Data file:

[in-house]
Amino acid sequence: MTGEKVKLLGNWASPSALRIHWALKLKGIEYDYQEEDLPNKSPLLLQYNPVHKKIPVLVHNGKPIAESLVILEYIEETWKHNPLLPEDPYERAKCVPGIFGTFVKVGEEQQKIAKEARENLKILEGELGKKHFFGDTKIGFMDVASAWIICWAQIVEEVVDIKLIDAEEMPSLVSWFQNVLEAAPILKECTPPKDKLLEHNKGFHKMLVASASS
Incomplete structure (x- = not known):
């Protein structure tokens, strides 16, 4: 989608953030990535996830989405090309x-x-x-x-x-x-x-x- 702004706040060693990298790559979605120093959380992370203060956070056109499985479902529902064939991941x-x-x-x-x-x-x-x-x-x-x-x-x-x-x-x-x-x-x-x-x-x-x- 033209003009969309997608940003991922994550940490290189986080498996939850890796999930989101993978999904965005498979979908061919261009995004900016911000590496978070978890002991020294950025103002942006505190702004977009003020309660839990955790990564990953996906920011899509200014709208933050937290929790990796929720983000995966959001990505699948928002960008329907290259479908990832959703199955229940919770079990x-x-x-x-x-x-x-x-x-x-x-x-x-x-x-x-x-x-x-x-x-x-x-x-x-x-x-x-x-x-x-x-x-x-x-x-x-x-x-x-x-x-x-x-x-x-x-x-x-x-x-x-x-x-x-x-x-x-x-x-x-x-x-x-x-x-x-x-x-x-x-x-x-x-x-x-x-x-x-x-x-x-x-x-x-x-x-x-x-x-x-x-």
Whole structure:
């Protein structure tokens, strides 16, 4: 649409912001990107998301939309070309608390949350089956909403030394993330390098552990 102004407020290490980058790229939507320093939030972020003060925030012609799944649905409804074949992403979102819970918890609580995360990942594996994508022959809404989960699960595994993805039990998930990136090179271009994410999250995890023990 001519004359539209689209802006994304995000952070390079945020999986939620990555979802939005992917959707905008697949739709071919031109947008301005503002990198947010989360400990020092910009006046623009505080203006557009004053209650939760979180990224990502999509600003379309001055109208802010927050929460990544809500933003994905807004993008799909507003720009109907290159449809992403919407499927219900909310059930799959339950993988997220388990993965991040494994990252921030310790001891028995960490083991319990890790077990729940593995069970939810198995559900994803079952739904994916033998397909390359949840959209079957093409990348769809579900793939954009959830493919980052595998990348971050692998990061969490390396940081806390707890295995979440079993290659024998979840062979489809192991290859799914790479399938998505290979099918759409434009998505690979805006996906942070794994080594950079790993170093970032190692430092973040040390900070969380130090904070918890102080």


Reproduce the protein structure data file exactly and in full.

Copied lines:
[in-house]
Amino acid sequence: MTGEKVKLLGNWASPSALRIHWALKLKGIEYDYQEEDLPNKSPLLLQYNPVHKKIPVLVHNGKPIAESLVILEYIEETWKHNPLLPEDPYERAKCVPGIFGTFVKVGEEQQKIAKEARENLKILEGELGKKHFFGDTKIGFMDVASAWIICWAQIVEEVVDIKLIDAEEMPSLVSWFQNVLEAAPILKECTPPKDKLLEHNKGFHKMLVASASS
Incomplete structure (x- = not known):
């Protein structure tokens, strides 16, 4: 989608953030990535996830989405090309x-x-x-x-x-x-x-x- 702004706040060693990298790559979605120093959380992370203060956070056109499985479902529902064939991941x-x-x-x-x-x-x-x-x-x-x-x-x-x-x-x-x-x-x-x-x-x-x- 033209003009969309997608940003991922994550940490290189986080498996939850890796999930989101993978999904965005498979979908061919261009995004900016911000590496978070978890002991020294950025103002942006505190702004977009003020309660839990955790990564990953996906920011899509200014709208933050937290929790990796929720983000995966959001990505699948928002960008329907290259479908990832959703199955229940919770079990x-x-x-x-x-x-x-x-x-x-x-x-x-x-x-x-x-x-x-x-x-x-x-x-x-x-x-x-x-x-x-x-x-x-x-x-x-x-x-x-x-x-x-x-x-x-x-x-x-x-x-x-x-x-x-x-x-x-x-x-x-x-x-x-x-x-x-x-x-x-x-x-x-x-x-x-x-x-x-x-x-x-x-x-x-x-x-x-x-x-x-x-």
Whole structure:
């Protein structure tokens, strides 16, 4: 649409912001990107998301939309070309608390949350089956909403030394993330390098552990 102004407020290490980058790229939507320093939030972020003060925030012609799944649905409804074949992403979102819970918890609580995360990942594996994508022959809404989960699960595994993805039990998930990136090179271009994410999250995890023990 001519004359539209689209802006994304995000952070390079945020999986939620990555979802939005992917959707905008697949739709071919031109947008301005503002990198947010989360400990020092910009006046623009505080203006557009004053209650939760979180990224990502999509600003379309001055109208802010927050929460990544809500933003994905807004993008799909507003720009109907290159449809992403919407499927219900909310059930799959339950993988997220388990993965991040494994990252921030310790001891028995960490083991319990890790077990729940593995069970939810198995559900994803079952739904994916033998397909390359949840959209079957093409990348769809579900793939954009959830493919980052595998990348971050692998990061969490390396940081806390707890295995979440079993290659024998979840062979489809192991290859799914790479399938998505290979099918759409434009998505690979805006996906942070794994080594950079790993170093970032190692430092973040040390900070969380130090904070918890102080």